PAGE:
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Festival Republic plans 38,000-cap Leicester fest

Live Nation’s Festival Republic has applied to Leicester City Council for a licence to launch a new two-day event in the city’s Victoria Park.

The name of the festival has not yet been revealed but, if approved, the multi-genre 38,000-cap event will take place from 16-17 September.

The festival would reportedly have two stages – one featuring around eight artists per day and the other showcasing DJs.

The venue has previously hosted concerts by Kasabian as well as BBC Radio 1’s One Big Sunday events in the early 2000s, which starred the likes of Craig David, Alicia Keys and Busted.

“It puts Leicester back on the map”

The news has been warmly welcomed by the local business community, with Festival Republic set to hold a drop-in event to answer questions this Wednesday (19 April).

“This is absolutely fantastic news, it’s what we’ve been waiting for,” Rachel Granger, professor of urban economics at Leicester’s De Montfort University, tells the BBC. “Leicester’s really had a very difficult run of years, what with Covid. It’s really been trying to find its feet since.

“It puts Leicester back on the map. It outlines the distinctiveness of the city – it’s always been a creative and artistic one.”


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Live music markets hit as more cities lock down

The Philippines has become the latest live entertainment market to be put back into lockdown amid concerns a surge in new coronavirus cases could push the healthcare system to collapse.

Stay-at-home orders are now in place in Manila and four surrounding provinces for the next two weeks, prohibiting residents from outdoor activity except for going out to buy essential goods or exercising outdoors.

The country only just emerged from one of the strictest lockdowns in June but after reporting a record 5,032 new infections on Sunday (2 June), numerous medical associations urged President Rodrigo Duterte to toughen restrictions.

The capital city is home to some of the country’s largest venues, including the SM Mall of Asia Arena, which in lieu of live events has transformed into a mega swabbing centre.

Across the Indian Ocean, Melbourne’s gradual reopening of nightlife is still on hold as the city battles a deadly second wave of coronavirus. Australia’s second-biggest city was put back into lockdown on 9 July after a localised outbreak of Covid-19.

Melbourne has recently mandated wearing masks and tightened a stay-at-home order to reduce transmissions.

Parts of Leicester have been relinquished from local lockdown, allowing venues in Leicester City to reopen from yesterday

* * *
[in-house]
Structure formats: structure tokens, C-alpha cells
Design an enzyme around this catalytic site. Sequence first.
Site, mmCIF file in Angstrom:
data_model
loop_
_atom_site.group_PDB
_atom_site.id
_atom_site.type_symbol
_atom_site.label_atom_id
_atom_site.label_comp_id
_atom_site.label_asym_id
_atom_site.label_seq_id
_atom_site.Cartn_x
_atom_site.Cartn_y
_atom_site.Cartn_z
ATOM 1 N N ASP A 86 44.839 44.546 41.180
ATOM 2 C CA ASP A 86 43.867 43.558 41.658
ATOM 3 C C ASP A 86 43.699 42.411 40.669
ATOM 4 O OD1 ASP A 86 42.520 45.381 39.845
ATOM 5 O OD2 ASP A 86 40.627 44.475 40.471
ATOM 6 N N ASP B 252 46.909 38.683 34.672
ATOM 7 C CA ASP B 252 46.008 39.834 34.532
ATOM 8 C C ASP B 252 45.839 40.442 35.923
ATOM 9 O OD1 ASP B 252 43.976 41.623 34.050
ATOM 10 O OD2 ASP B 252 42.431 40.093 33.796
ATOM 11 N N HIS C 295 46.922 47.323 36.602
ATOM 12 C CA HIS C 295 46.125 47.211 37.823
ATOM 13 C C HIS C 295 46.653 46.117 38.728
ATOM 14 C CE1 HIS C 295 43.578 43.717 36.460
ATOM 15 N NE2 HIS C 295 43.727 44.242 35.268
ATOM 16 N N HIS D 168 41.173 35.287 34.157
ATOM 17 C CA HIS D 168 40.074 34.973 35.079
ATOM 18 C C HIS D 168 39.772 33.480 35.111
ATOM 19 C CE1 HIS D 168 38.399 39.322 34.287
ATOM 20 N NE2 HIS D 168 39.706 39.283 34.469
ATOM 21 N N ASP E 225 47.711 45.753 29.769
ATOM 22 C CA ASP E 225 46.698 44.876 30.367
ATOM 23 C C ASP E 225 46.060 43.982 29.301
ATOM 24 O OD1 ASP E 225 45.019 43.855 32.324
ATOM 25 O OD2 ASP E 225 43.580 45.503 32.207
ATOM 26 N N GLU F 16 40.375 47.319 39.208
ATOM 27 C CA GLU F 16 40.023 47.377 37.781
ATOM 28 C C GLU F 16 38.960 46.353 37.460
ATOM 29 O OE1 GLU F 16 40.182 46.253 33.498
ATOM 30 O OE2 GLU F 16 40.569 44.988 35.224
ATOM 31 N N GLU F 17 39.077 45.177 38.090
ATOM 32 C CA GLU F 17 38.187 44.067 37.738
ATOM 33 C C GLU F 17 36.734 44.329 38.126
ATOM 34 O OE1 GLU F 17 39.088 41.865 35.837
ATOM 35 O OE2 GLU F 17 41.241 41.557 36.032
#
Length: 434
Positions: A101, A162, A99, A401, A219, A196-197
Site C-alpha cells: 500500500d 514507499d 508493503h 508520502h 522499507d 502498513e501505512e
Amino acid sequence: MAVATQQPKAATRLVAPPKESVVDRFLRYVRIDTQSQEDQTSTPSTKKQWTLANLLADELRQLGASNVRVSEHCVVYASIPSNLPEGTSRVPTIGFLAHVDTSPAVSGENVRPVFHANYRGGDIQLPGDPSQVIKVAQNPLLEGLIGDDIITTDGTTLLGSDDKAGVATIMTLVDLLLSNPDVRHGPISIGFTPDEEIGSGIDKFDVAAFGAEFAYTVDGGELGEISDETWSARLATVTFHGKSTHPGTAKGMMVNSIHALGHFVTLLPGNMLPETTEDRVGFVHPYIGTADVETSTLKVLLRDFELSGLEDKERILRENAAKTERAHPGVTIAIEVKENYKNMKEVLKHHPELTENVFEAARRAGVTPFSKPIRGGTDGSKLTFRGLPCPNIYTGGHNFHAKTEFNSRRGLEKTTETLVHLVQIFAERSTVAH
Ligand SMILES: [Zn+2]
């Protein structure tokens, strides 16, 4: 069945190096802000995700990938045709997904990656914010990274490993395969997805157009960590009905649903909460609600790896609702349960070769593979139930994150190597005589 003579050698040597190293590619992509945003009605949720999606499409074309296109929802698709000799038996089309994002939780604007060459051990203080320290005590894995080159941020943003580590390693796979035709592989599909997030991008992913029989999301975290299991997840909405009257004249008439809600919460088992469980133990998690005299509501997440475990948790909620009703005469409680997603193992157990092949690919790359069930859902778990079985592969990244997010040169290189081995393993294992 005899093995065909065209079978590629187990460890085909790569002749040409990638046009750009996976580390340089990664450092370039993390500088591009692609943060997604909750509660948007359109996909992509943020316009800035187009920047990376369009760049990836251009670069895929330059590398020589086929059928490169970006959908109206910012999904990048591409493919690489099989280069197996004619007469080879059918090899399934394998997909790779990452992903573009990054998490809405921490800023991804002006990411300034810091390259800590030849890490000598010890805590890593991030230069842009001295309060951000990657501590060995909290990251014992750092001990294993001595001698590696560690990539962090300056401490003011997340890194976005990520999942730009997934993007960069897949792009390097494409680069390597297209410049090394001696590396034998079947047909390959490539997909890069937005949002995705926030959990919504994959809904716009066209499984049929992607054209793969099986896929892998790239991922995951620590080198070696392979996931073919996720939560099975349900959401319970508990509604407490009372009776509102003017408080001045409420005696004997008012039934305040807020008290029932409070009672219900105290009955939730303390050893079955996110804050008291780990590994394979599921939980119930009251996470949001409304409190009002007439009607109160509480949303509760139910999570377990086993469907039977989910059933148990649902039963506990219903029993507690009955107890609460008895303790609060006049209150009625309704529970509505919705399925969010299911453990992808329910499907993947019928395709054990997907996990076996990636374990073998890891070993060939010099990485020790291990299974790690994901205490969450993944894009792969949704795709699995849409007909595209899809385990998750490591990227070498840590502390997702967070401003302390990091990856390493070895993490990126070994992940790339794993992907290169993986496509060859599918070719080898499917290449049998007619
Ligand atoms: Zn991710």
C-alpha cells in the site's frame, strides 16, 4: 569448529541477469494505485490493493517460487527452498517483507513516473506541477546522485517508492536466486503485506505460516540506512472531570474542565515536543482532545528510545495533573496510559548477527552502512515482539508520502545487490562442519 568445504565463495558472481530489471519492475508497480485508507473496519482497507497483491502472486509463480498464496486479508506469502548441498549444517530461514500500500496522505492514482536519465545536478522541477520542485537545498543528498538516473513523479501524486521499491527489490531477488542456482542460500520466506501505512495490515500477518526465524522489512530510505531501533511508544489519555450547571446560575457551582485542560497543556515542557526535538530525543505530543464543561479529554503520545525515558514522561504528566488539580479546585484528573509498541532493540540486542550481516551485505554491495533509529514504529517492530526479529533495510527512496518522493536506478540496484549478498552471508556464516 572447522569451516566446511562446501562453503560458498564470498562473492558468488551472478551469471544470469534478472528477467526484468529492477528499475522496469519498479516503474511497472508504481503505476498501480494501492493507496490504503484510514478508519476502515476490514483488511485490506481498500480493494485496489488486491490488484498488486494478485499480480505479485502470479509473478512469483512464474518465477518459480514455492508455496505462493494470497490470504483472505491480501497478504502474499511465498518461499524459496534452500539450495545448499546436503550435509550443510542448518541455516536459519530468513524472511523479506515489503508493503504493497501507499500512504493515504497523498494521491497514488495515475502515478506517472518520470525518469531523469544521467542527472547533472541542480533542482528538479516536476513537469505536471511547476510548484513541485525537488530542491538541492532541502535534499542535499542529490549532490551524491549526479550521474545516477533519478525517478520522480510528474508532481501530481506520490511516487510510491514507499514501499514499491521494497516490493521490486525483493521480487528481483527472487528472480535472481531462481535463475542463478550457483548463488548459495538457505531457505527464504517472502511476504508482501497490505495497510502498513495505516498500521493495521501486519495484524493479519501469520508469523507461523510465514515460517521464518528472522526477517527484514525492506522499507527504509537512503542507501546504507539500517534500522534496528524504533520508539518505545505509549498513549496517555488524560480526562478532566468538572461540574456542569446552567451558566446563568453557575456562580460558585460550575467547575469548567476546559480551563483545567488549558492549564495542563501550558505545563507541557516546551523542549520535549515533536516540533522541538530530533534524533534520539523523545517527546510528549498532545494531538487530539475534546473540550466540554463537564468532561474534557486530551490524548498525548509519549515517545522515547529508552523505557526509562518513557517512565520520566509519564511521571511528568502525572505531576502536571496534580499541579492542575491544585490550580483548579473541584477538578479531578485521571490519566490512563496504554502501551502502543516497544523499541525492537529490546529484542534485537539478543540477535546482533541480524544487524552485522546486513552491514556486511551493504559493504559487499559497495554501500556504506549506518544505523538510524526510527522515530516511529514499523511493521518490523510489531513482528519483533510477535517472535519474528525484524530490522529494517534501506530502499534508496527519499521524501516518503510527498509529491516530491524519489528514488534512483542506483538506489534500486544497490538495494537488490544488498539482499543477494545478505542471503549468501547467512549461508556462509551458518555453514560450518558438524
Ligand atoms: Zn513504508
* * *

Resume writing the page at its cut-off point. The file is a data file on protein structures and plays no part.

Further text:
The state of Victoria, of which Melbourne is the capital, is responsible for over half of Australia’s 18,300 recorded cases.

After Victoria recorded another 671 cases of coronavirus on Sunday and seven deaths, premier Daniel Andrews announced a “state of disaster”.

On Sunday (2 August), Andrews introduced new rules including a night-time curfew between the hours of 8pm and 5am for the next six weeks.

In the UK, parts of Leicester have been relinquished from its local lockdown, allowing venues in Leicester City to reopen from yesterday (3 August). Though venues such as The Shed will remain closed, writing “Music venues still aren’t in the clear, and we’re aiming for September!” on its Facebook page.

English venues were preparing to reopen from 1 August but will no longer be able to do so after the government pushes back the next step of lockdown easing by at least two weeks.

Elsewhere, Botswana has reinstated lockdown in the capital, Gaborone, for two weeks after recording 30 new cases of coronavirus. The order took effect last Thursday (30 June).

“Essential services will operate at 25% capacity, there will be no movement within the Greater Gaborone Zone without a movement permit and movement to and from Greater Gaborone Zone will be void with immediate effect,” says Kereng Masupu, the coordinator of the presidential Covid-19 taskforce.

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Venues closed as major cities go back into lockdown

Australia’s second-largest city, Melbourne, has become the latest major live entertainment market to be put back into lockdown amid a surge in new coronavirus cases.

The re-imposition of lockdown restrictions for six weeks – which will see Melburnians permitted to leave their houses only for work, education, exercise or to buy essential supplies – follows a spike in Covid-19 infections in the state of Victoria, which as of 13.30 local time today (8 July) had recorded some 147 new cases over the past 24 hours.

The abrupt halt to Melbourne’s gradual reopening will come as a blow to nightlife businesses in the city. Speaking to the ABC, Guy Lawson, who owns Melbourne’s Napier Hotel, says he hopes the hotel survives the second shutdown but fears “a lot” of venues will not.

“The second round of lockdown will put on a huge amount of pressure for the industry. Once we are able to reopen, it will no doubt be under restrictions again for some time,” Adam Betts, co-owner of the city’s Bonny Bar, tells alcohol trade title the Shout.

“Needless to say, revenue will be right down when we reopen for many months,” he adds, “and the economy will be in a recession. With reduced revenue, we will also have an increase in costs as a double blow.”

In Spain, local lockdowns are in place in Catalonia and Galicia

The second lockdown in Melbourne follows similar restrictions aimed at containing a second wave of Covid-19 infections elsewhere in the world.

In Spain, local lockdowns in Catalonia and, more recently, Galicia are proving similarly difficult for venue operators; in Catalonia, in north-eastern Spain, around 400,000 people are subject to stay-at-home orders, while in the north-western region of Galicia gatherings are once more restricted to ten people, in a local lockdown that affects an area of 70,000 people. Capacity at bars and restaurants is also limited to 50%.